Thie selfish dereliction is not a matter apart, but entirely of a piece with the selfish abortion mindset. I'm looking out for ME! That's the direction we are moving when we dissolve the moral foundations and looj only at our fears or selfish interest.

Secondly, you also mentioned that a constitutional amendment was not going to happen. Think about this: I don't favor amending the US Constitution. That's righ, ME...Mr. "abortion is a primary issues. Not only is it not GOING to happen. It SHOULDN"T happen, except to reaffirm the already constitutionally respected right to life, in the same way that abolition reaffirmed the existing right to liberty.

But, the federal government can't enforce it and shouldn't try, except to charge it to the states as a principle of being American. Ordinary murders and all crimes are prosecuted by the states, and the law should reflect the values of the near community. The most important force is in the standards of the community, not in the black & white force of the law. Thinking otherwise is why the strength of the sanctity of life principle is dissipating.

I am (still,I think) on the board of a very assertive and connected pro-life organization. The board has a lawyer who gives legal reports and recently joined in an amicus brief on an abortion case before the US Supreme Courtthat he sincerely hoped would overturn RvW. They are al about politics and winning majorities to "change the law."

I've missed the last 3 or 4 meetings, because of physical issues. But, my interest is also waning because they are so unrealistic about the potential of politics and the lack of emphasis of social character.

A friend and I work with two local pro-life organizations. This one is big money and big connections. The other is more street level, counseling and praying outside of Planned Parenthood and such. I have asked my friend if he should focus with the prior, while I focus with the latter.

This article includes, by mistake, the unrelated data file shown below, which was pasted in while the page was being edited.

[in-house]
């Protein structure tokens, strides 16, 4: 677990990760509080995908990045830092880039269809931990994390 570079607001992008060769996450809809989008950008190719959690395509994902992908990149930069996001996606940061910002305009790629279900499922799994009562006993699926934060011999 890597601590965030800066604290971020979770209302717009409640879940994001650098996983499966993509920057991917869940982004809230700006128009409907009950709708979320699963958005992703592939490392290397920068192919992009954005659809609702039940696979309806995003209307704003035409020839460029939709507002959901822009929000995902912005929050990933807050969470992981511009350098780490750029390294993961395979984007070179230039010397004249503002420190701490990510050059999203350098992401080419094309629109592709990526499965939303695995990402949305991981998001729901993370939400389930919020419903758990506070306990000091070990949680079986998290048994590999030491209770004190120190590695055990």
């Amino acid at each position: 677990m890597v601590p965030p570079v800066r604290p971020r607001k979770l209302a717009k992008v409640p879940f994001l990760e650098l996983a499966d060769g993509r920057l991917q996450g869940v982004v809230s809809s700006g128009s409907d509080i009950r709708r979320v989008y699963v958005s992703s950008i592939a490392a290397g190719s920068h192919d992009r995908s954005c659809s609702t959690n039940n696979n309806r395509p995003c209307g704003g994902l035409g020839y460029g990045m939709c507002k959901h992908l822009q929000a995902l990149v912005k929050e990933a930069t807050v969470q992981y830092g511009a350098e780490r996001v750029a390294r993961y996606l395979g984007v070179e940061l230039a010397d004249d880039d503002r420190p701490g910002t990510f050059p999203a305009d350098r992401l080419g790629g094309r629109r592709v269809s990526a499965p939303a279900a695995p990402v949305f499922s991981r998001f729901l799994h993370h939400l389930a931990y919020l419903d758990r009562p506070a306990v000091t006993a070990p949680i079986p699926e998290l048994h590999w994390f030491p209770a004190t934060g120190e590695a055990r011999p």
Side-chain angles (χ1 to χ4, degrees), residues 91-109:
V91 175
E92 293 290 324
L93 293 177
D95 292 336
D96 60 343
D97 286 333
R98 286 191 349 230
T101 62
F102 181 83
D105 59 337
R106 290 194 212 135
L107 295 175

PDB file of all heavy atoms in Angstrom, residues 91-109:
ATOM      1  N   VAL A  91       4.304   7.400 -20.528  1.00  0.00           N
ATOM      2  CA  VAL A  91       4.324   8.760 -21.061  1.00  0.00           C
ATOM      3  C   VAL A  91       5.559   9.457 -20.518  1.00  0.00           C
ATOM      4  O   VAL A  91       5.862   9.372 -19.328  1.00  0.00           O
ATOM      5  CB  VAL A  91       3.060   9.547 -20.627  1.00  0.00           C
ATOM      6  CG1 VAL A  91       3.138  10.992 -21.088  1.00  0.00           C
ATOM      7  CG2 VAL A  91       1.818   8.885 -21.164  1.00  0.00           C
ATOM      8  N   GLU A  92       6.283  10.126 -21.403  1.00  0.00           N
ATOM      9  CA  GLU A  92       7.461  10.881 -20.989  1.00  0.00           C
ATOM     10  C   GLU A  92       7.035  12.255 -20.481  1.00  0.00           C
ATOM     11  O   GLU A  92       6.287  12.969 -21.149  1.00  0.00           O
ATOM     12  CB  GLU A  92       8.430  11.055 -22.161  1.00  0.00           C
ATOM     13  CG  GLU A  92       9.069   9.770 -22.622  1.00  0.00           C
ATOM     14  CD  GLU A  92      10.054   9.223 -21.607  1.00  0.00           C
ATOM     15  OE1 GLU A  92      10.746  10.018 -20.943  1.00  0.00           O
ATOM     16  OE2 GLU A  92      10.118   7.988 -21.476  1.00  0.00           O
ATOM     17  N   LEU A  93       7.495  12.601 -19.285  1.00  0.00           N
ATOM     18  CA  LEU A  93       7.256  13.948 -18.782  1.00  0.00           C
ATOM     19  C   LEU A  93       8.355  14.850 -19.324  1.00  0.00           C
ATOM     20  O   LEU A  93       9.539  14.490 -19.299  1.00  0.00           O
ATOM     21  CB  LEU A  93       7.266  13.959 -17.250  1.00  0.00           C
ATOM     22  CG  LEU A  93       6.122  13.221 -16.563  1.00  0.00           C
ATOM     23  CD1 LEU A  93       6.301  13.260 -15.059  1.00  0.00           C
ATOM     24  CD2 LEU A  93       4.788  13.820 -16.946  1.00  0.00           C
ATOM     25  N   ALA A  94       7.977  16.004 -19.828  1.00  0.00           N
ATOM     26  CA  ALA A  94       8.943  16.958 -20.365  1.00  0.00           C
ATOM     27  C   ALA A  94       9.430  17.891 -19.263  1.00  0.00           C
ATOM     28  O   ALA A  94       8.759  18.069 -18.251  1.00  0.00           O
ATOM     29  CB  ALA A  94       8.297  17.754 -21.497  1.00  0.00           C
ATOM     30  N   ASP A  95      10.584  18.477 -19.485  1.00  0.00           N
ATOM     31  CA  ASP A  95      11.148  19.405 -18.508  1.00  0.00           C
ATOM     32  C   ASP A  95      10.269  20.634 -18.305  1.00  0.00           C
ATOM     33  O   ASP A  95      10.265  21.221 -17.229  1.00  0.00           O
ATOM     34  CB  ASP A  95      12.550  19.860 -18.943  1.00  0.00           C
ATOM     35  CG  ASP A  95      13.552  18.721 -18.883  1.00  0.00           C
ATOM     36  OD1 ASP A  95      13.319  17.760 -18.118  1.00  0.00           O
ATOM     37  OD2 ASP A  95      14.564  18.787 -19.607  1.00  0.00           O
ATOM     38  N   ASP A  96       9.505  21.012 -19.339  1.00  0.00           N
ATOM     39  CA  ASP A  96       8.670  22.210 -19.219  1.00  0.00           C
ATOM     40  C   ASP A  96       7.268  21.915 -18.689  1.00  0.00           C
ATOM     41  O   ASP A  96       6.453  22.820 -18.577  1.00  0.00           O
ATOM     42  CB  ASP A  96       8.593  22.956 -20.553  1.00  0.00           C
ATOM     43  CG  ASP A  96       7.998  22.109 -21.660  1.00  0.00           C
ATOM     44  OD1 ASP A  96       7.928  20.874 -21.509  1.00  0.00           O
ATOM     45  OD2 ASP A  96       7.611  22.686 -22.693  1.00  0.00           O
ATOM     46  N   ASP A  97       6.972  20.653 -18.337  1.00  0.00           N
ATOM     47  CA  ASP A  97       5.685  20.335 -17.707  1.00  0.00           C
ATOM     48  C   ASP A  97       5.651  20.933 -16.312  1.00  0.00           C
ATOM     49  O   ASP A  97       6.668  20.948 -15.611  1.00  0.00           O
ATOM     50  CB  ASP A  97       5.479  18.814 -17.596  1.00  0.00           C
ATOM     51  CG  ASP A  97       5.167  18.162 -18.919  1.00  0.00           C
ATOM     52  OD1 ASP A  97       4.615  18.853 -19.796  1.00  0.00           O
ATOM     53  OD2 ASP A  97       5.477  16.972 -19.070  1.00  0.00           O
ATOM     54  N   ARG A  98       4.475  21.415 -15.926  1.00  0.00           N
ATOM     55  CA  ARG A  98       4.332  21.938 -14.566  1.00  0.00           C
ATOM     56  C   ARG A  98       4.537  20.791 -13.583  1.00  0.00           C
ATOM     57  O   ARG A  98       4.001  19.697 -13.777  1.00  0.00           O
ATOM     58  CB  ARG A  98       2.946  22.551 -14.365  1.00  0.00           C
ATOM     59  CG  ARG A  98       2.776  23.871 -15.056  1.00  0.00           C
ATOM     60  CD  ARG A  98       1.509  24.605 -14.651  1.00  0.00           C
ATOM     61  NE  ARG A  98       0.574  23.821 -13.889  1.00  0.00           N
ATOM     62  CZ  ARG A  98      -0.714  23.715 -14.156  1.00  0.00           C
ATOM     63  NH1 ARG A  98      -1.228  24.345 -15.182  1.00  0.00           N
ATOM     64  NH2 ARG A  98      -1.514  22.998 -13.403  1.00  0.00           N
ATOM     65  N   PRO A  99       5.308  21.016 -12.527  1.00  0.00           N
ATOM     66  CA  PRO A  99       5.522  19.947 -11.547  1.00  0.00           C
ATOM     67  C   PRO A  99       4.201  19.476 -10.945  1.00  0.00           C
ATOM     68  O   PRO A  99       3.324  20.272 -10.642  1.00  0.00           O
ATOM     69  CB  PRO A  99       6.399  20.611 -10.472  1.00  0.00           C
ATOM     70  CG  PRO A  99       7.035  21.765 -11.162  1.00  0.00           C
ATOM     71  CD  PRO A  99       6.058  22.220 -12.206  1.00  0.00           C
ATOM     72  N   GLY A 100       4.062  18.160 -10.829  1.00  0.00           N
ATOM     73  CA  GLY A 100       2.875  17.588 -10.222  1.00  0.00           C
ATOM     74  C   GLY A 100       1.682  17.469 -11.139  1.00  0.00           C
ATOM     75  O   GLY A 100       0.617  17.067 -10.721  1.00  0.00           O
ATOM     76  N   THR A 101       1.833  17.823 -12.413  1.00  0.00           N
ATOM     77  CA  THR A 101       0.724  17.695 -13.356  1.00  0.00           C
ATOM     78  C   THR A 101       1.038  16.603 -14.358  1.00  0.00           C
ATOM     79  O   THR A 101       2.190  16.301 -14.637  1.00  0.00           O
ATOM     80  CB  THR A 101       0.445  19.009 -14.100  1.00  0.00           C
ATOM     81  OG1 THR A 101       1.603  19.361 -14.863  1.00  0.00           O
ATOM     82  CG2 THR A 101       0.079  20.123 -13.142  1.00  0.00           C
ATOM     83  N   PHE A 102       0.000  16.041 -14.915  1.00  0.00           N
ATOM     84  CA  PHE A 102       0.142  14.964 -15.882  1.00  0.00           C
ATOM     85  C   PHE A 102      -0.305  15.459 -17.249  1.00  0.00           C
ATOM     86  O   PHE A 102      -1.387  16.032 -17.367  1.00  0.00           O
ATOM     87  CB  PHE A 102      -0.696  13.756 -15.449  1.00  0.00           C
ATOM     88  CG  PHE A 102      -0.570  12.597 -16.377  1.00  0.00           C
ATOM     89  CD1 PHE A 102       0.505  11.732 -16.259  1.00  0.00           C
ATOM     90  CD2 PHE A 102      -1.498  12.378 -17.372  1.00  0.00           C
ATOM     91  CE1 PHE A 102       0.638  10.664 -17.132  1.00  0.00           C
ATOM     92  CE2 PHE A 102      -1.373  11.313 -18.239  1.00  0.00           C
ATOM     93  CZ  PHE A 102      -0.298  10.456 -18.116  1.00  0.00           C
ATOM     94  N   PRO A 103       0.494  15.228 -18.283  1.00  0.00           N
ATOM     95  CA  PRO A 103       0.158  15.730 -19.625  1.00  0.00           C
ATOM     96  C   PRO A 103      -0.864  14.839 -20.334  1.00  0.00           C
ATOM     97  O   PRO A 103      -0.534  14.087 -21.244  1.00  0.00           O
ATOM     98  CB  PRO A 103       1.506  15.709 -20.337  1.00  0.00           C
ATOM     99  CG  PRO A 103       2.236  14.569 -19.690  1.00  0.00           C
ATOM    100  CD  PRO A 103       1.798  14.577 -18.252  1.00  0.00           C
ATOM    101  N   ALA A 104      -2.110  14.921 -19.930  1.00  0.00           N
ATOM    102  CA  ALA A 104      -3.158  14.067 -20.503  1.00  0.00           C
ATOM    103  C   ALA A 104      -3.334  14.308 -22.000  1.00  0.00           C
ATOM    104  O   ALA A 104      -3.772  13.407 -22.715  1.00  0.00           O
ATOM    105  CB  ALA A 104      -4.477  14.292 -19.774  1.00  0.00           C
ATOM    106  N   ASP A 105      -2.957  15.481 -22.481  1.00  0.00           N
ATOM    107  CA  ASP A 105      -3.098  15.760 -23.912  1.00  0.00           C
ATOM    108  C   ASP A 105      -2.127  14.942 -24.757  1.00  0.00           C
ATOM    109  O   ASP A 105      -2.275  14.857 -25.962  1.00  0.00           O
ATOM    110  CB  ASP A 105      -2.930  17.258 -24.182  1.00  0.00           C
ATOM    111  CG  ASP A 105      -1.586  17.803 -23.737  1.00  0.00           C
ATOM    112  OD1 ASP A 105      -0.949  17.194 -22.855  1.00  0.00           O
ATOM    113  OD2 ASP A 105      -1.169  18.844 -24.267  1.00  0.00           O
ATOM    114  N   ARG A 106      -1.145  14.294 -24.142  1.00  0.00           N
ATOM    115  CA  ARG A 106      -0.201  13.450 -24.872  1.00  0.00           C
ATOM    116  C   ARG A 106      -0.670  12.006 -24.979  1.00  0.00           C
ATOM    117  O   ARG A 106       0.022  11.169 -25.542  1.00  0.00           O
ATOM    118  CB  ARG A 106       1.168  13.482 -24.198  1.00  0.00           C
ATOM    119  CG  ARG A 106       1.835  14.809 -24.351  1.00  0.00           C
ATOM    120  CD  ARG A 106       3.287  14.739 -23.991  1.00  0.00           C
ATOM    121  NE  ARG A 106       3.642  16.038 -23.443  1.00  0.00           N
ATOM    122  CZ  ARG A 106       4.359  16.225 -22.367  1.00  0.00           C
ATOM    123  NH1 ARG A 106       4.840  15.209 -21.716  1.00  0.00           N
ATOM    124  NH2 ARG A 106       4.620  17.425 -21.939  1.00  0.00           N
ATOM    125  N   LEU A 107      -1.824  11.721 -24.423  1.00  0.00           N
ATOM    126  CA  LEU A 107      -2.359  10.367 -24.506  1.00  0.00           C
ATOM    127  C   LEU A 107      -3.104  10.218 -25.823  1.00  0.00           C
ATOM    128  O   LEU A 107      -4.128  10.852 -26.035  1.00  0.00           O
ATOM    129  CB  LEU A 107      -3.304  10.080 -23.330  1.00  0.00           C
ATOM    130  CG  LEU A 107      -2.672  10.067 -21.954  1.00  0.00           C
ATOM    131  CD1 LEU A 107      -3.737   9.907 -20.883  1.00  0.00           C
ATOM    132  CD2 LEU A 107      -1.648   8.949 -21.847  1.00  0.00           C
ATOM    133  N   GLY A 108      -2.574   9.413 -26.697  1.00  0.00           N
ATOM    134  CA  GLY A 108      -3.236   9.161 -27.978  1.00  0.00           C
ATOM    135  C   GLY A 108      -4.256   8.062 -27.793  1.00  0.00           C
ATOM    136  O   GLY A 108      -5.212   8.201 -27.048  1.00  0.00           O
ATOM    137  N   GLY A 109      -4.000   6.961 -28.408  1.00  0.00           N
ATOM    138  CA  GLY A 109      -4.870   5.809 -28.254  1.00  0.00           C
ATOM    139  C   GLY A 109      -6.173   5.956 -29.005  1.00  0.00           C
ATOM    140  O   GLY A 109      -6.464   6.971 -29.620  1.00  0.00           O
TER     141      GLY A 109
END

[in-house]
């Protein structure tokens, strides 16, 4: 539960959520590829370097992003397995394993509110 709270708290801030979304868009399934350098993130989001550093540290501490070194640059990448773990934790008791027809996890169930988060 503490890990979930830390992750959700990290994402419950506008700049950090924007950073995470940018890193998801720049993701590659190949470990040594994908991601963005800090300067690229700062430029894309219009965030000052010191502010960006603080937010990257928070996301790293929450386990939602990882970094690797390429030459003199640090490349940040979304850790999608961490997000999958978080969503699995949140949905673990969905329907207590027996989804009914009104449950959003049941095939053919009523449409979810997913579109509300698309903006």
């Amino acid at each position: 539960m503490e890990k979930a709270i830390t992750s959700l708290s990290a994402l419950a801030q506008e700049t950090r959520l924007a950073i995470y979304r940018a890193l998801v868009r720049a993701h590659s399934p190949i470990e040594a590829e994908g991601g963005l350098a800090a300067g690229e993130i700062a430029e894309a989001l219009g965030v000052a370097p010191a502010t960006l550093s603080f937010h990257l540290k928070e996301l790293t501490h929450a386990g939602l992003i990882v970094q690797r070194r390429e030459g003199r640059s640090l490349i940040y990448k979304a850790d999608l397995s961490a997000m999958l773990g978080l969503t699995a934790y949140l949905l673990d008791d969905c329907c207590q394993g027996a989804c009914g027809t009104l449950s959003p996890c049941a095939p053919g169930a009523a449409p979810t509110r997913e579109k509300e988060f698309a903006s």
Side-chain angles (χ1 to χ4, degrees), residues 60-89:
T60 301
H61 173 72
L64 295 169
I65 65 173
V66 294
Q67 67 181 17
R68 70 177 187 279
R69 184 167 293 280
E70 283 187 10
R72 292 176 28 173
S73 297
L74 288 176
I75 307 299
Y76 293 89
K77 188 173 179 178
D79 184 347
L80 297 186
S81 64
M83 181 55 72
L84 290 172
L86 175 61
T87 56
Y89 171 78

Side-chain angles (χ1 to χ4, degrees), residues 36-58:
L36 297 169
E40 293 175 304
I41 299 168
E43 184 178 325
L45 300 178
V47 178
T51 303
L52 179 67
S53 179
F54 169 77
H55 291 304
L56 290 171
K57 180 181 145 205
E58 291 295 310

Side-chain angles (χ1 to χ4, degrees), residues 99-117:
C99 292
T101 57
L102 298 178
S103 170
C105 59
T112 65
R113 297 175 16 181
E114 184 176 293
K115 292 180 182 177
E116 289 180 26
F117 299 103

The latter, for instance spent big money at their $100/plate banquet this year, to bring in Ann Coulter, which I wasn't very excited about, either. For their banquet, the latter group brought in Alan Keyes, who is a more compelling speaker and once scheduled, does not accept a fee for pro-life events that are scheduled in time to get him.

I read Coulter's last book, and her books are well-researched and substantited, and she's very bright, obviously clever and usually correct in her positions. But though she speaks often about Christianity, her manner does not apear to be modeled on Christ. Every time she defends her tactics by citing her book sales, I could retch!

I favor the repeal of RvW for exactly the return of the issue to the states.

If a killer asked if he should kill 5, rather than 10, would you say, "Yeah, I'll take that deal," and maybe tell him which 5? Not me, I'll say who you kill is between you and God, but all killing is wrong. Not understanding that, is the problem.